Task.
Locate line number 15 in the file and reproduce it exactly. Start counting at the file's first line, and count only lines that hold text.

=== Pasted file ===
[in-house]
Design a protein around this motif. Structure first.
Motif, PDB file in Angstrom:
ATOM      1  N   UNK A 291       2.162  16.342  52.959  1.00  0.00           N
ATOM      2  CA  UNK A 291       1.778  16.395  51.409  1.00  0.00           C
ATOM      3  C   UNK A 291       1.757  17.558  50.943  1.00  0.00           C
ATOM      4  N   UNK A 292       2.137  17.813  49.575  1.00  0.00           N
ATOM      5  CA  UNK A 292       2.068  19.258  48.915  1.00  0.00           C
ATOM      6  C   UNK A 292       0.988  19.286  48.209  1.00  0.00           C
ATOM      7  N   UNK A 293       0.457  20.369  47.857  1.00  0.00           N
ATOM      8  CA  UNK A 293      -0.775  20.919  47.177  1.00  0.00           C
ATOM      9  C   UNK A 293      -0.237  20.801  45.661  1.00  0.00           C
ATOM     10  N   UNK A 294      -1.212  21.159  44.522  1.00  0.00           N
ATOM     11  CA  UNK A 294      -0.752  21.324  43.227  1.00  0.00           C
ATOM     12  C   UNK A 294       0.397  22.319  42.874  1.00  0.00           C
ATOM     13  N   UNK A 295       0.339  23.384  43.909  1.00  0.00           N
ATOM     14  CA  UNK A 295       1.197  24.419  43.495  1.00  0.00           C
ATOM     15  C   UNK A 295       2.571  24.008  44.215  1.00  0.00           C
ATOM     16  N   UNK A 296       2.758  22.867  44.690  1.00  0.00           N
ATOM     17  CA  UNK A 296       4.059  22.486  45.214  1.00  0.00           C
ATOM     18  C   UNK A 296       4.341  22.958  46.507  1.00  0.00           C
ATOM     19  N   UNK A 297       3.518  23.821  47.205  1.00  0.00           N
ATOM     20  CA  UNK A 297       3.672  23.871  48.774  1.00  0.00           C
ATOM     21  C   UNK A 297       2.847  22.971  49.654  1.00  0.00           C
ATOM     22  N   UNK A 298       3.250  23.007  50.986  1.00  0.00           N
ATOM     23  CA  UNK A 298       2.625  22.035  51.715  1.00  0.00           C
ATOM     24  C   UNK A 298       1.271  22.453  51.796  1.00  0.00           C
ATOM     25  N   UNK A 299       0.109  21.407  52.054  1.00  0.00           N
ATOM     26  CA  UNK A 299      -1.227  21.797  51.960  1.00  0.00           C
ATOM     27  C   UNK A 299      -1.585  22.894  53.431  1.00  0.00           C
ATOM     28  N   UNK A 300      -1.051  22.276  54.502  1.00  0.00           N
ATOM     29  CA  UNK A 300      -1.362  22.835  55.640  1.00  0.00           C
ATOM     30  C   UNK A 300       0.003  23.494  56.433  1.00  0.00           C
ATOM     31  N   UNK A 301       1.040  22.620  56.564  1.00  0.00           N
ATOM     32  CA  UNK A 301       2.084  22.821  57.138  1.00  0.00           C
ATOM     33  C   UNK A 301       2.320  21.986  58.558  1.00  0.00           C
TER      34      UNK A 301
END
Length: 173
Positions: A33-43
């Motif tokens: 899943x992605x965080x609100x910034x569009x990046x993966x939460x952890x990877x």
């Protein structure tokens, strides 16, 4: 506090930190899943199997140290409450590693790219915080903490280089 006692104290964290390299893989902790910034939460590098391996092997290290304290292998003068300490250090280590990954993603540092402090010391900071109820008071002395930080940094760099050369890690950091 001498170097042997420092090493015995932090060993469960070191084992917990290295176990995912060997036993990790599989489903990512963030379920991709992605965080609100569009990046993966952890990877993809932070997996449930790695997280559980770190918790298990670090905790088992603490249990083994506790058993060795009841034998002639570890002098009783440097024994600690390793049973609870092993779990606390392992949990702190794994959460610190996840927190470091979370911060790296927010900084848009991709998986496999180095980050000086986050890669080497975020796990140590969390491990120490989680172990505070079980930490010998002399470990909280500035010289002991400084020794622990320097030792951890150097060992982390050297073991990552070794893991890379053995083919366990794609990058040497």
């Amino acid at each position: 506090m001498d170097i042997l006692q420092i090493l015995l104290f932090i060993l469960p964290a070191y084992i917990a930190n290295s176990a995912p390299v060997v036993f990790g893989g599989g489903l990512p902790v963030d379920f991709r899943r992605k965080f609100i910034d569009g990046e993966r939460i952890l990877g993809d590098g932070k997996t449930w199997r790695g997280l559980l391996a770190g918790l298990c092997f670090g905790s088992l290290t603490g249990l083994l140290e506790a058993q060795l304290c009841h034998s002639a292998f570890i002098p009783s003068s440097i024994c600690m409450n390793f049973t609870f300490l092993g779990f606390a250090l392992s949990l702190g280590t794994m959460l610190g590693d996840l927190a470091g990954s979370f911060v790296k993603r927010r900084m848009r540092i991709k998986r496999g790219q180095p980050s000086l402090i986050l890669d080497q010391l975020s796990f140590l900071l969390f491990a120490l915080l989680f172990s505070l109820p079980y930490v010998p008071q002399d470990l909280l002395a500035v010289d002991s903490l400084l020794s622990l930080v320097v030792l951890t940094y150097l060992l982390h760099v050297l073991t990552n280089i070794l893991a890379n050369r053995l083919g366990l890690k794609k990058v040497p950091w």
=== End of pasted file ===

ATOM     12  C   UNK A 294       0.397  22.319  42.874  1.00  0.00           C